About the Plants

Horticulture in the Railway Garden

An overview of plants in the Railway Garden

The Taltree Railway Garden is the largest and most intensively developed garden at Taltree. Because of its meticulous development and care, the exhibit offers many opportunities to increase the varieties of plants in Taltree’s collections. The hills and valleys, rocky banks and watercourses that we create allow the use of constructed soils and small microclimates that are unavailable anywhere else at Taltree.

One of many of the miniature and dwarf conifers in the Taltree Railway Garden

Plant Selection Criteria

One important horticultural goal is to balance the desire to increase the plant collection’s rare and unusual species with the functional and budgetary needs of the garden. To meet this goal, we have established certain criteria for the selection of garden plants:

For large areas of monotypic coverage we will use plants that are easily and inexpensively obtained or can be propagated by Taltree staff.

Rare and unusual or expensive plants are used in small discrete areas that are easily observed by visitors– these plants may have educational documentation associated with them.

Plants that cannot be grown elsewhere in the arboretum because of limiting soil or climate conditions are used in the Taltree Railway Garden in specially created habitats that arise from the construction of the garden.

Plant Types

The scale of the railroad elements in the garden will require extensive use of fine-textured groundcovers. Some examples are low-growing sedums, thymes, veronica, phlox, etc. In addition, we will use plants that are rarely used or have special qualities that make them desirable from a collections standpoint as well as meet functional needs of the garden.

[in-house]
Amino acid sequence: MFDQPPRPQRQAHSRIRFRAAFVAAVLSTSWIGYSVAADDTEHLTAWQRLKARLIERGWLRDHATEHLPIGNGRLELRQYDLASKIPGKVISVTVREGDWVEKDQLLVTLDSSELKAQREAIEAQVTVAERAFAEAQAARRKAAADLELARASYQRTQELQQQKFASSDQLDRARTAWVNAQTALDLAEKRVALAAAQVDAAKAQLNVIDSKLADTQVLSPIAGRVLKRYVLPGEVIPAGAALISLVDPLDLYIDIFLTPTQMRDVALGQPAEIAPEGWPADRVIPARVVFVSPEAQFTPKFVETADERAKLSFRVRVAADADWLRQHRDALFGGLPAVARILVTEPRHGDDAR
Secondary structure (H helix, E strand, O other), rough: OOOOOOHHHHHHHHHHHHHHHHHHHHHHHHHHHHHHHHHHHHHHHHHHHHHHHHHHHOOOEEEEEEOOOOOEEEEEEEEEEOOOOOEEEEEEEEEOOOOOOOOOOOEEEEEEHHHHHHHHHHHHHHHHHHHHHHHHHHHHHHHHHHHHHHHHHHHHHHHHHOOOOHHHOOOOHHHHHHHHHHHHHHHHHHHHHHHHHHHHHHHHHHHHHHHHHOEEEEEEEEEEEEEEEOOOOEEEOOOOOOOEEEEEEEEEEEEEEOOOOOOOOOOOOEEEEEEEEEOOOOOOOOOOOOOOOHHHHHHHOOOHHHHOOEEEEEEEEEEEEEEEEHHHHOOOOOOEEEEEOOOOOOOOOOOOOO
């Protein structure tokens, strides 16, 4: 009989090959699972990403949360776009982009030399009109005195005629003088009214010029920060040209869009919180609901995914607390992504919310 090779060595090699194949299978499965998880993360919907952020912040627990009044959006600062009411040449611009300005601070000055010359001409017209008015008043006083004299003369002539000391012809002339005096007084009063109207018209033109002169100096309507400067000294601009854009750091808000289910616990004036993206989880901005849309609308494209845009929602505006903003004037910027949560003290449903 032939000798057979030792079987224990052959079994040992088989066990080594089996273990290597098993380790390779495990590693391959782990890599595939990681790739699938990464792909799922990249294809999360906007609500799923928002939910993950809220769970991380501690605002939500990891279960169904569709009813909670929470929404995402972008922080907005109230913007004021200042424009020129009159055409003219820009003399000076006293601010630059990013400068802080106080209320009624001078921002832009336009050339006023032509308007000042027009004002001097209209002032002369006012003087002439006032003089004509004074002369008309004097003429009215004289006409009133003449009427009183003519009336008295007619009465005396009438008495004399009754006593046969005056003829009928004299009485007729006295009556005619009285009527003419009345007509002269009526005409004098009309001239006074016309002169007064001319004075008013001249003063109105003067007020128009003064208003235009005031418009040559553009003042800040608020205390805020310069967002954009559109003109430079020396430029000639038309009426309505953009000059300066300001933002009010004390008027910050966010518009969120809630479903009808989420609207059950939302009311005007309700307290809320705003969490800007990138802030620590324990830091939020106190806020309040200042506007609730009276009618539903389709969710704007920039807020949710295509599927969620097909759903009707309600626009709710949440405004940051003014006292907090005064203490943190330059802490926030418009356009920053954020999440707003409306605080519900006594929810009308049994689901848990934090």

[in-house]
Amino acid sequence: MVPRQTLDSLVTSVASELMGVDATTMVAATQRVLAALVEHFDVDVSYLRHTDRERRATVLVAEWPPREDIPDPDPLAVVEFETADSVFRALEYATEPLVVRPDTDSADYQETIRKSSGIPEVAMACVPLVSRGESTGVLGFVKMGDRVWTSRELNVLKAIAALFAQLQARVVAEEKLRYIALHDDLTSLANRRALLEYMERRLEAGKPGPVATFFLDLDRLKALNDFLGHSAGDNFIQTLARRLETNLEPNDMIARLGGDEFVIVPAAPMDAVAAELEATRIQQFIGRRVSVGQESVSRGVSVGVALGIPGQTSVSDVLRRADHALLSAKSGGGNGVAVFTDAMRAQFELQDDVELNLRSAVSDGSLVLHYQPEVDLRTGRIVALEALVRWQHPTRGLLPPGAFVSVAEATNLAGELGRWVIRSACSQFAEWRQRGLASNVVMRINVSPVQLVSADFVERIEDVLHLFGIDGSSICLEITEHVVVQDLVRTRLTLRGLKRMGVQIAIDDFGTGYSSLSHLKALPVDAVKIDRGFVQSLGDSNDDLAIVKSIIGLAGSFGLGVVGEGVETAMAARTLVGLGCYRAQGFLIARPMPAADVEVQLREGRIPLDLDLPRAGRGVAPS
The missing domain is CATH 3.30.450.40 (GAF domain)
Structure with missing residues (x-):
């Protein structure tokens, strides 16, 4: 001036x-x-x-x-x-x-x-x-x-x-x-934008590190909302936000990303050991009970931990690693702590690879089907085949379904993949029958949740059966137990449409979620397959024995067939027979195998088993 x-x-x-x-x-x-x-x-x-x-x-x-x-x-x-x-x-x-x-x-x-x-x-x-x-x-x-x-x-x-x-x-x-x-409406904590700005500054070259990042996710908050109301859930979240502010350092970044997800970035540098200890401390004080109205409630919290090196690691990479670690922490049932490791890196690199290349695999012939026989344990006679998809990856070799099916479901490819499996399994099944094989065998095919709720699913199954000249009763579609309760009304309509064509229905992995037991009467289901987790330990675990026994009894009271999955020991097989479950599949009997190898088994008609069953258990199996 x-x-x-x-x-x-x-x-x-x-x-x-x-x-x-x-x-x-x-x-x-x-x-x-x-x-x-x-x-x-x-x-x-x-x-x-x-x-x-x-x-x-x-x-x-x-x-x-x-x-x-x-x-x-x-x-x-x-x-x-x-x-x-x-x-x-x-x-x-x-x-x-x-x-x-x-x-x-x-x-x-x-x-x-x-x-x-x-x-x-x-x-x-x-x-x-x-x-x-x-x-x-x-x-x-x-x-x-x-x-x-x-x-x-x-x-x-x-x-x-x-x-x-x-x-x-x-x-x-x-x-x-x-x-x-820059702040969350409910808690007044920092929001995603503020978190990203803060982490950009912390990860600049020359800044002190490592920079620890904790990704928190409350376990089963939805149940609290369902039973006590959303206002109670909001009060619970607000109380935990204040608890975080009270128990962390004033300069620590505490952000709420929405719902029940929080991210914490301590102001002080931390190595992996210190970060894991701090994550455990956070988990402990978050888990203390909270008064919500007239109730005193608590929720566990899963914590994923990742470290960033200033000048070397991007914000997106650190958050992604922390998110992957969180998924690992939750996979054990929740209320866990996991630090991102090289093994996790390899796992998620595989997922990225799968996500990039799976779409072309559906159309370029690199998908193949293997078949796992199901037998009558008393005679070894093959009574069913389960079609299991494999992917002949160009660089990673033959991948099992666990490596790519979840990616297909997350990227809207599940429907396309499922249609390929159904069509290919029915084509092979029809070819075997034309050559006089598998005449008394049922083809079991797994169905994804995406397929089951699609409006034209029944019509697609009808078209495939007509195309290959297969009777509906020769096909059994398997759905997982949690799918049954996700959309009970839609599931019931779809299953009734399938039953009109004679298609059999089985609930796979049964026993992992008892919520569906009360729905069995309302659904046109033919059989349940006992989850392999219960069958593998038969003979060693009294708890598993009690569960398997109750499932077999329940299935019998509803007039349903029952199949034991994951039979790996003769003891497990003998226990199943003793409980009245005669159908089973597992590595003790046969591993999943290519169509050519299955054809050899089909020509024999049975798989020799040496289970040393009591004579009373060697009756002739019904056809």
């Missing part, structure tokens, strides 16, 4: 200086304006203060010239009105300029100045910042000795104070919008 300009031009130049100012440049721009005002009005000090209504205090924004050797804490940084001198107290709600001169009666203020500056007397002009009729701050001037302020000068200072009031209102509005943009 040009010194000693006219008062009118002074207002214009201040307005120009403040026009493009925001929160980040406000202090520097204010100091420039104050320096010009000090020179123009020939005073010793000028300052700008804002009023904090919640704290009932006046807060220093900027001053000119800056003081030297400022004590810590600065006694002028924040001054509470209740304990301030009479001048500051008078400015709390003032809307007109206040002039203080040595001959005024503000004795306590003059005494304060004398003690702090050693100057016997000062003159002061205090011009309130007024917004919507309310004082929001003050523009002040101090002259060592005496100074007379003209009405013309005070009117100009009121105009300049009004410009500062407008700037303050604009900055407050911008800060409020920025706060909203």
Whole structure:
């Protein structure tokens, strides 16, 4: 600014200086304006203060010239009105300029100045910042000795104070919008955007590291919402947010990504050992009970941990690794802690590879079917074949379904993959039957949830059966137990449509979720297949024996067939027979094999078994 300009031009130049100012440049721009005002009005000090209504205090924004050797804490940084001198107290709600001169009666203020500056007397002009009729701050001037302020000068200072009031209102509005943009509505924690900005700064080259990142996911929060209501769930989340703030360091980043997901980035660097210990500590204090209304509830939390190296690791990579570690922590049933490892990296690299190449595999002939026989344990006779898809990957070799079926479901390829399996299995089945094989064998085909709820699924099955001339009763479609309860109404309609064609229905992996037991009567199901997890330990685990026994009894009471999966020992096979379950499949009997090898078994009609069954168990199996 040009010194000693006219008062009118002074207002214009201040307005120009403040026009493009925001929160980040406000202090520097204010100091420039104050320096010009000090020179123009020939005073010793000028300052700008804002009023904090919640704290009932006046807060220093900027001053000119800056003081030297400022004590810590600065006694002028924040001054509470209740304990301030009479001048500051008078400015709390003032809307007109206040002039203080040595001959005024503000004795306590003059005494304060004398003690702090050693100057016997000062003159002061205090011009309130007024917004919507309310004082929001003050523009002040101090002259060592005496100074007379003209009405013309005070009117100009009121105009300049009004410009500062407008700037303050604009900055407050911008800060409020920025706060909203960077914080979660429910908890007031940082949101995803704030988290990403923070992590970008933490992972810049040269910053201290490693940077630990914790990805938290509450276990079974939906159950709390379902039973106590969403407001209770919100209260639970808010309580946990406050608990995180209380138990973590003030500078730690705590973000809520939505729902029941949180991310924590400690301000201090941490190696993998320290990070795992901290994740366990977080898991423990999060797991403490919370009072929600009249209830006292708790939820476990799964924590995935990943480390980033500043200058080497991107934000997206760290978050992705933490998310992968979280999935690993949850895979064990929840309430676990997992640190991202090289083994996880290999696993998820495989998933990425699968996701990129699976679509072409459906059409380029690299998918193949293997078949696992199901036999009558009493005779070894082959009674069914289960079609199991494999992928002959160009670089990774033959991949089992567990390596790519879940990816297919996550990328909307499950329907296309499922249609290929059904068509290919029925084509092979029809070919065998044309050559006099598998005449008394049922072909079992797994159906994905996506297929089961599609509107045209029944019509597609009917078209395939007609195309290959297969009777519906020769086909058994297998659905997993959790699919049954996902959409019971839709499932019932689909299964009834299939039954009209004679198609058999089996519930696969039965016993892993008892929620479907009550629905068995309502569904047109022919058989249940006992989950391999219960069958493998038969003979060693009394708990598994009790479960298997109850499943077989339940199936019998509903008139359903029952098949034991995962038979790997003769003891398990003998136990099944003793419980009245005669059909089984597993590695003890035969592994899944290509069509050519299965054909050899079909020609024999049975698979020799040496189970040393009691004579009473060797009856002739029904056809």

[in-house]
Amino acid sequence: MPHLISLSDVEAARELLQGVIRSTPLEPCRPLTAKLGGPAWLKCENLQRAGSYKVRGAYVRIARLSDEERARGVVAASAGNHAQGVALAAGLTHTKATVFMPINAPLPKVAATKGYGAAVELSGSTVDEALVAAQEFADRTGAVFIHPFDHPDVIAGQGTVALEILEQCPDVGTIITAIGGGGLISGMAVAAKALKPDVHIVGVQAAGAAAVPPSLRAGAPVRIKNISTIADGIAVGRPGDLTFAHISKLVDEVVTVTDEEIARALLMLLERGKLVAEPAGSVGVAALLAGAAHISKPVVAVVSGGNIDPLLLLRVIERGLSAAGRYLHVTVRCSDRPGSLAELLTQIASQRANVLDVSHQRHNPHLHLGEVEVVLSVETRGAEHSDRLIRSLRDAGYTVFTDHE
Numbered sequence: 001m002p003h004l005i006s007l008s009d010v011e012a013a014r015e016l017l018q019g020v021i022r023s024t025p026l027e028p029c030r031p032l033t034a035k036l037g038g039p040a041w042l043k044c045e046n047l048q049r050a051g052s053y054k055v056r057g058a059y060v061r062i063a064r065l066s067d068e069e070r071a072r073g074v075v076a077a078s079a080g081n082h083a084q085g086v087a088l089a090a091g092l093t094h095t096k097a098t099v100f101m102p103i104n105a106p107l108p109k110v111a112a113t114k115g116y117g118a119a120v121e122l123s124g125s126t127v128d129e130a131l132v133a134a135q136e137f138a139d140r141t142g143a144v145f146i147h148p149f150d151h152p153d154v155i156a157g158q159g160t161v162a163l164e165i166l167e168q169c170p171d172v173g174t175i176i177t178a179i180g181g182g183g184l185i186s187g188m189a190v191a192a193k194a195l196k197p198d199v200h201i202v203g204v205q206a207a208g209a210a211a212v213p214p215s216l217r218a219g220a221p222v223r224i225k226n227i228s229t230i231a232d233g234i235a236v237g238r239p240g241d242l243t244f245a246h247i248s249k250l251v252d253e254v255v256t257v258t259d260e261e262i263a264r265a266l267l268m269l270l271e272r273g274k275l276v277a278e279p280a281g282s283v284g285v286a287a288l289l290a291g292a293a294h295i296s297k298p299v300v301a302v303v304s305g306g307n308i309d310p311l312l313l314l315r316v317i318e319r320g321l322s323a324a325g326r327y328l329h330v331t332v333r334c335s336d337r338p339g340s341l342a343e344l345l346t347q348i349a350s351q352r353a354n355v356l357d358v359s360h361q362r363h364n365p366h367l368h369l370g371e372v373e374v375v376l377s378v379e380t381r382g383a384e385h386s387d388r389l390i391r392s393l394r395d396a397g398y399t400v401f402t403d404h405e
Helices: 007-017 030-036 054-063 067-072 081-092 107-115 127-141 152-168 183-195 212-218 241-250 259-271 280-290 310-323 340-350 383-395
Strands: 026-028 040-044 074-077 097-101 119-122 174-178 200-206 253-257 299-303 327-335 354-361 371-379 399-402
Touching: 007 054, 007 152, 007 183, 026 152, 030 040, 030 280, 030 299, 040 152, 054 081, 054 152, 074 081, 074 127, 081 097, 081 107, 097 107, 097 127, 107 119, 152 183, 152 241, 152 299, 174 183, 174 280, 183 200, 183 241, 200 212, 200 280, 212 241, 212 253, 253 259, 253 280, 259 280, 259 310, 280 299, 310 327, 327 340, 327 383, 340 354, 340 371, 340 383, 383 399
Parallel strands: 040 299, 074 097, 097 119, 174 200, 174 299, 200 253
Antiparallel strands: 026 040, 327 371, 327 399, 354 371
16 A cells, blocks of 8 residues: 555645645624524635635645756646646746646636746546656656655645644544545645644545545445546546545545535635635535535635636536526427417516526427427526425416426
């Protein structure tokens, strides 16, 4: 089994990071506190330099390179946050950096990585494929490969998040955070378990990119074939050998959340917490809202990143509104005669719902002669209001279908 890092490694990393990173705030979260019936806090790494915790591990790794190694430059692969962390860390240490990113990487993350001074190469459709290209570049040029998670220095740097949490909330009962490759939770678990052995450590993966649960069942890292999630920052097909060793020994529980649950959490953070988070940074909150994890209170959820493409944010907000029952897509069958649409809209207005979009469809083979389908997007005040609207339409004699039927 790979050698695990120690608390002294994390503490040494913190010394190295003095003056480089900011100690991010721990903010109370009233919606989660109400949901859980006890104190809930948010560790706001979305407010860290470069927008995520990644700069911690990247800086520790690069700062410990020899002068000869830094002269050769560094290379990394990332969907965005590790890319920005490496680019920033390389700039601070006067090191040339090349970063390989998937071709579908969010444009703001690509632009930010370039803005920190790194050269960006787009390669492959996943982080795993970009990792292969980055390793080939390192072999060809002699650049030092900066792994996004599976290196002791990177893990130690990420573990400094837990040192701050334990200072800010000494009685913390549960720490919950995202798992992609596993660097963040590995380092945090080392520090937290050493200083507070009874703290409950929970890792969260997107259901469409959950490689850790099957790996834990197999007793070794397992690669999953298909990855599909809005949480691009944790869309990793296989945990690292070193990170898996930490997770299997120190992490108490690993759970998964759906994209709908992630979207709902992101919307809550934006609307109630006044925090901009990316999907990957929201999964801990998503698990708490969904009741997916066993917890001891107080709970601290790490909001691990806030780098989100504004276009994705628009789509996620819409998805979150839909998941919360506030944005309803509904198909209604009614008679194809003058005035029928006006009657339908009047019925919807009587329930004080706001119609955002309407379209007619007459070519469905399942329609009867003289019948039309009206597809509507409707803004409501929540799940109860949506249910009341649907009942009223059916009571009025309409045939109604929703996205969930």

• Ericaceous Plants – The soils of the arboretum are unsuitable for ericaceous plants, which prefer acid soils. The model railway garden is the perfect opportunity to create the habitats they require. This is a great opportunity to bring in a family of plants that we could not otherwise grow at Taltree.
  • Ferns and Club Mosses – The scale of the garden is perfect for the use of club mosses. These once giant, ancient plants now are rarely more than a foot tall. They are not often found in most parks and gardens. Their inclusion at Taltree will be the beginnings of a collection of some very uncommon plants.
  • Wetland and Bog Plants – The water features in the Taltree Railway Garden allow us to create a bog environment on a small scale. We can use the bog habitat for plants we would have trouble growing elsewhere at Taltree. The scale of the garden makes creation and maintenance much simpler than would the creation of a larger bog elsewhere on the property.
  • Dwarf Conifers and Bonsai – The Taltree Railway Garden will contain a large part of the dwarf conifer collection at Taltree. The rocky, dry mountainous sections of the garden will be a perfect location for the plants. We will also experiment with creating dwarf plants, both conifers and deciduous, through control of nutrients and pruning (Bonsai). We anticipate the creation of a miniature pine or spruce forest on a large scale—something that is very uncommon.

Landscape and Education

Annual Lobelias add color to the Railway Garden’s plant palette.

The broad range of landscape ecosystems represented in the garden, from bogs and prairies to alpine meadows, will give us the opportunity to incorporate an ecosystem education component into the vignettes and at other points around the garden. By interpreting the built landscape and the micro-niches that allow certain kinds of plants to grow, we will aim to increase understanding of the habitats of plants and the ongoing dynamic between human cultures and the natural world. At the same time, interpretation can provide insights and encouragement for visitors wanting to plan their own landscapes or increase their garden diversity.